Christ is Risen!
This is my go to ‘meatball’ recipe!!! I have tried so many and I think this is the one. I enjoy making this recipe when making food for large gatherings (especially for church! It is a hit for the fasting days) or for a quick dish to make for dinner because the prepping and cooking is super easy. You can choose to bake or fry them; I personally like to bake and then sauté in some olive oil (most likely infused with Mediterranean herbs for a boost of both flavor and nutrition — rosemary is known for helping the brain and memory). If you want to bake it and not fry it, I highly recommend baking it first and then broiling it; this will ensure the interior will be fully cooked and then you get a really nice brown crispy outside when using the broiler setting. Don’t use the broiler setting first and then bake it. You don’t want to overcook the outside and have the inside to be undercooked. This is not meat that is being cooked, but beans. Keep that in mind. 🙂
If you have been making the Quick Sun Dried Tomato bread I posted a few weeks ago, this will pair nicely with it. You can even make this while cooking the meatballs. Simply put the bread ingredients together while you wait for the mushroom-tamari mixture to cool down. You can easily bake the bread and meatballs at the same time since both recipes require the oven to be at 375 F. For a fuller meal, make pasta of choice while the bread and meatballs are in the oven; I personally prefer linguine or fettuccine. Then toss it with Marinara Sauce (recipe follows) or with your favorite marinara sauce; I like to use Rao’s Tomato sauce if I don’t have the time to make my own or don’t have the ingredients. Enjoy this recipe on a Meatless Monday or on fasting days in the church calendar.
TIPS ON MAKING THE MARINARA SAUCE
You can make the marinara sauce while the meatballs are cooking. I think it is best to make this ahead of time so the flavors blend and work their magic. Good food takes time so if you can and have the time, I HIGHLY encourage to make this a day ahead. In addition to which, the choice of tomatoes makes a huge difference in flavor. I always use San Marzano tomatoes. The brand that I use is Simpson Imports, Ltd; the one you want to use is the can with the white and blue label. The tomatoes are grown by American farmers and packaged here in the States. I try to buy things locally as much as possible if I can. Also, this could be a personal preference but I notice that my best sauce comes from tomatoes in this can. I don’t usually like canned food but these tomatoes are the best! I made the sauce recently using San Marzano tomatoes from a different company and it just wasn’t the same (to me, at least.)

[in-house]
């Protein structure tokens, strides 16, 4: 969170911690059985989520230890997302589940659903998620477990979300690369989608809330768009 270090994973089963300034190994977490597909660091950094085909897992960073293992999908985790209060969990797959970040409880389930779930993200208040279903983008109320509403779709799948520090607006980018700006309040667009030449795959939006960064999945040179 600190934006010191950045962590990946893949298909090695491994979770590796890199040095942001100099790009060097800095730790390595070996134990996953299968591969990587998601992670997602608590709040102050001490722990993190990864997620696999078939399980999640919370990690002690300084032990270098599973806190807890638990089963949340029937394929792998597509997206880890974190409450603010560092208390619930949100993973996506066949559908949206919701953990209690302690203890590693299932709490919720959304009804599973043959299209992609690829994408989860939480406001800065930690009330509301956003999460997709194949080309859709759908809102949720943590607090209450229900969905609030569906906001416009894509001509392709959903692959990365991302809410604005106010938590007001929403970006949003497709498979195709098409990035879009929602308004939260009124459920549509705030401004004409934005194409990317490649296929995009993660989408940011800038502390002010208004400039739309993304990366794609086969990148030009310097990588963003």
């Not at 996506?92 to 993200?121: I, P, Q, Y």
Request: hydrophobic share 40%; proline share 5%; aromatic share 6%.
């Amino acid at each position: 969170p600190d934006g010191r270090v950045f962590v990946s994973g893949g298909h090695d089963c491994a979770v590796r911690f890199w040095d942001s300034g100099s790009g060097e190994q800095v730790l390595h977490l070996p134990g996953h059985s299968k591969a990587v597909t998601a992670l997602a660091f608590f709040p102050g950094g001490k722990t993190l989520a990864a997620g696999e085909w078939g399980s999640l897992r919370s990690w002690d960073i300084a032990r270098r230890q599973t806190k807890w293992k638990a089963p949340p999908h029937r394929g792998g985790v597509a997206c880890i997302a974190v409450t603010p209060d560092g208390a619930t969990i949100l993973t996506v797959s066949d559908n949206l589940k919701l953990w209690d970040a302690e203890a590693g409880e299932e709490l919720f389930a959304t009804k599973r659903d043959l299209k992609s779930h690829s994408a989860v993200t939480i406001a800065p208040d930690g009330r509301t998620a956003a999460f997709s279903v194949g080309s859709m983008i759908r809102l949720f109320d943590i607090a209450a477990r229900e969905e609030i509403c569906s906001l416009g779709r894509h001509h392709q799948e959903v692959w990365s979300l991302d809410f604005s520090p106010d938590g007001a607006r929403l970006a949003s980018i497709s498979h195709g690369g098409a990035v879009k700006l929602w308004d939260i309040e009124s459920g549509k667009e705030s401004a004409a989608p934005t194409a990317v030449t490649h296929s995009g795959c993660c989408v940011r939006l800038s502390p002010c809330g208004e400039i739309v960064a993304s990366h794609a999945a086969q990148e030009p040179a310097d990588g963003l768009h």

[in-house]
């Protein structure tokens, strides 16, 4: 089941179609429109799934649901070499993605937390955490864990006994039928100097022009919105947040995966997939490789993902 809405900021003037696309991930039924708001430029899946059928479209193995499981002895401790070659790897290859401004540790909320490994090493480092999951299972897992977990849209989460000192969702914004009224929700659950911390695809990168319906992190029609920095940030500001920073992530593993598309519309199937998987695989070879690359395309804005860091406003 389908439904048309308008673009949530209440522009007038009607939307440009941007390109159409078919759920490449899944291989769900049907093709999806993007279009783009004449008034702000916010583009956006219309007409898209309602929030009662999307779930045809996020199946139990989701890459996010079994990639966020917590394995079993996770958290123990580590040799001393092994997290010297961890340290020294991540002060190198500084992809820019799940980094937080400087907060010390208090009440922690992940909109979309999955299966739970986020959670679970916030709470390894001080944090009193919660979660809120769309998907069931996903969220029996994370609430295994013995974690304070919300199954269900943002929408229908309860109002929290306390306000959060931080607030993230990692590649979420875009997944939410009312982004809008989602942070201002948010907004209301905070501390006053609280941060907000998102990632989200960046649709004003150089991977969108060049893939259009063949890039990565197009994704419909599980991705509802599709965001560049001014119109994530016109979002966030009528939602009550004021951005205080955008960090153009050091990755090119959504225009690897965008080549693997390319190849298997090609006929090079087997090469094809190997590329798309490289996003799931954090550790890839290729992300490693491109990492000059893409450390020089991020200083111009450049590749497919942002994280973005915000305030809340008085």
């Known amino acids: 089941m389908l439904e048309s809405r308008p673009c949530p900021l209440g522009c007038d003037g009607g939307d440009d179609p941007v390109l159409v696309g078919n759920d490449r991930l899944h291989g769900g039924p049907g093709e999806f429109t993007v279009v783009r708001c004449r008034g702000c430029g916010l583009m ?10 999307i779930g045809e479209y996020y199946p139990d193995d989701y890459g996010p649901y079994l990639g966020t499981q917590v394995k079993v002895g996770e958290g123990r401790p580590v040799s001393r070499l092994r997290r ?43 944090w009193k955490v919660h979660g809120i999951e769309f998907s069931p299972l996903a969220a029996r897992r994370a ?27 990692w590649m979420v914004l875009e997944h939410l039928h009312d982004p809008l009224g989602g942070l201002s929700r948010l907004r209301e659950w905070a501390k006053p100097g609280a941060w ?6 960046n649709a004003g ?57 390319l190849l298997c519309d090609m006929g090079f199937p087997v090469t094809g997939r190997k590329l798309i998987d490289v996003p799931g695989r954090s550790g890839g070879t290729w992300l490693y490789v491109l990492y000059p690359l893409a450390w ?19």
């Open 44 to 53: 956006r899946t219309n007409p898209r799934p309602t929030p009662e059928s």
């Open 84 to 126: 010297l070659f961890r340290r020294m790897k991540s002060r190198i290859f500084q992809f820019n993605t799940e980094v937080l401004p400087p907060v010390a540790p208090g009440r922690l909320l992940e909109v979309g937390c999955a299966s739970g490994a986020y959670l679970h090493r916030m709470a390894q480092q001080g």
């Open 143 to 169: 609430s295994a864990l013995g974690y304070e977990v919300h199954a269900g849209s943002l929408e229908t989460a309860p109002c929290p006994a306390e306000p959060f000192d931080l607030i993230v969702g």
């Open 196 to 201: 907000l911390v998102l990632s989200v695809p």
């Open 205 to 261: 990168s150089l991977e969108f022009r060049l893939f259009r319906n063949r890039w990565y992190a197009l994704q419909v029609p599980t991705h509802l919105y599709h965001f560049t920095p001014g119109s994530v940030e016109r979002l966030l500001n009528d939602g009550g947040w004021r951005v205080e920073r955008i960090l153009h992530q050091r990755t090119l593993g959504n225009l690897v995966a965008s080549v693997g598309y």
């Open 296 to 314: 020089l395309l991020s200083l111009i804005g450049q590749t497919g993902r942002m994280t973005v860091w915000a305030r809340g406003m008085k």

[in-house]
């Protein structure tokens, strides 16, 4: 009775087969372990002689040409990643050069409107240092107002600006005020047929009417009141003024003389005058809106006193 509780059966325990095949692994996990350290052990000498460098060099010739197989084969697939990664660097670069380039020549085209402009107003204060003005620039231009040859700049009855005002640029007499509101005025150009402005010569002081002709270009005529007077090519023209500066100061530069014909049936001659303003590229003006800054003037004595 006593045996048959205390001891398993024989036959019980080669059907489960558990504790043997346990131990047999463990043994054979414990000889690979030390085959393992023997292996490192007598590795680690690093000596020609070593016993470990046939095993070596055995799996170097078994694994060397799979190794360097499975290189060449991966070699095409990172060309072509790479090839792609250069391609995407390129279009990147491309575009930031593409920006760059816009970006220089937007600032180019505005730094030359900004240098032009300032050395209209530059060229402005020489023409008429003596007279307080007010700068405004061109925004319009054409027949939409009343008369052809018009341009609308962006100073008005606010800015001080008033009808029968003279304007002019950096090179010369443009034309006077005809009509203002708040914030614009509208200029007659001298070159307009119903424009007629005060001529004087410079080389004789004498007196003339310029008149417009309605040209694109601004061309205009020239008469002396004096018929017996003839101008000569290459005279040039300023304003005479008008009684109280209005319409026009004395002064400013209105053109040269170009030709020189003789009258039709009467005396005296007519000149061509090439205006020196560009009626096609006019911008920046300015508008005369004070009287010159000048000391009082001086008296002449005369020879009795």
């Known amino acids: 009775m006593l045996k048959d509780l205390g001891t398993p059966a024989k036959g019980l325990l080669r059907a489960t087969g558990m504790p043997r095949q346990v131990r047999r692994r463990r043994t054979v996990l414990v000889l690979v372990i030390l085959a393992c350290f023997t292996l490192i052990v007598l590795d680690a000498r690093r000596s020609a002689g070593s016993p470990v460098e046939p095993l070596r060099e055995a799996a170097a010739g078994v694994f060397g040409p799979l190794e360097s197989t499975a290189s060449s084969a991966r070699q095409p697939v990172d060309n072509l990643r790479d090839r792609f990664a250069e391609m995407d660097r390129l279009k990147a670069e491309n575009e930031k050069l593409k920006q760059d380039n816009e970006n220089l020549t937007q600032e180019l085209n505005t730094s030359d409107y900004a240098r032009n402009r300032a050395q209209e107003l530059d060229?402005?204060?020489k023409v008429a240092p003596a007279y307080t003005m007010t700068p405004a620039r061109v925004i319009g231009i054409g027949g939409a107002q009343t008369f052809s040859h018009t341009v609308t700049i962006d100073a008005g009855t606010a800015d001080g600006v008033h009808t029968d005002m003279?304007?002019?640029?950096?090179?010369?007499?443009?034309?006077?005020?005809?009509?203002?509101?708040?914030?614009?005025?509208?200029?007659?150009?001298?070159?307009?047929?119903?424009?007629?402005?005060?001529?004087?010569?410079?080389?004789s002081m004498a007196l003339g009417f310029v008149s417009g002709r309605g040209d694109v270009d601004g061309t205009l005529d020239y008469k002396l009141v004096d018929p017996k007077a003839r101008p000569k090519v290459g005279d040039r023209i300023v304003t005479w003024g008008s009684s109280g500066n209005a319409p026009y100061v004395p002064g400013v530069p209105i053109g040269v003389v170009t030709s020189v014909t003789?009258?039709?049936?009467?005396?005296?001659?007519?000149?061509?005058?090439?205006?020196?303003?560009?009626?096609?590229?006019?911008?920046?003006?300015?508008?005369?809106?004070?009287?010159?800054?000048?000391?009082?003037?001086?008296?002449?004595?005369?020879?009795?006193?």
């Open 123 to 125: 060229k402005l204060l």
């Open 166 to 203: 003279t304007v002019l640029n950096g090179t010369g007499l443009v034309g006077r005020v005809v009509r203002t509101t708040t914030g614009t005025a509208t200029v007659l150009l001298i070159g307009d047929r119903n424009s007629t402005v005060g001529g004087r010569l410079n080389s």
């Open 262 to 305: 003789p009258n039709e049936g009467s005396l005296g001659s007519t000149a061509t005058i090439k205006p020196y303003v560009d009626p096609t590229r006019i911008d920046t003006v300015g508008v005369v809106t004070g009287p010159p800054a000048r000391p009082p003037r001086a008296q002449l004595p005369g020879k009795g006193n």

Robin Robertson’s Notes for Mama’s Meatballs: Try these flavorful orbs in the Piccata Meatballs with Penne and Asparagus on page 89, or serve them with pasta and Oven Roasted Tomato Sauce (page 197). They’re also great in a sub roll with a little tomato sauce and melty cheese.
Robin Robertson’s Notes for Marinara Sauce: Despite its seaworthy name, “mariner’s style” sauce does not contain seafood. The simple tomato sauce with few ingredients was supposedly favored by Italian sailors who had limited ingredients at hand. This basic all-purpose tomato sauce isn’t just for spaghetti; it’s great on other pasta shapes too. It can also be used in any recipe where an Italian tomato sauce is desired, such as polenta, Spicy Eggplant and Tempeh Stuffed Pasta Shells, or lightly breaded and sauteed seitan or tofu.
1 tbsp ground flaxseed
3 tbsp hot water
2 garlic cloves, crushed (you can add more if you are a garlic fan like me!)
1 cup coarsely chopped mushrooms
1 tbsp olive oil
1 tbsp tomato paste
1 tbsp tamari
1 1/2 cups cooked or 1 (15 oz) can cannellini beans, drained, rinsed
2 tbsp vital wheat gluten
1/4 cup nutritional yeast
2 tbsp minced fresh parsley
1 tsp dried basil
3/4 tsp dried oregano
1/2 tsp paprika
1/2 tsp salt
1/4 tsp ground black pepper
1 tbsp olive oil
3 garlic cloves, crushed
1 (28 oz) can crushed tomatoes
1 tbsp minced fresh basil or 1 tsp dried
1/2 tsp salt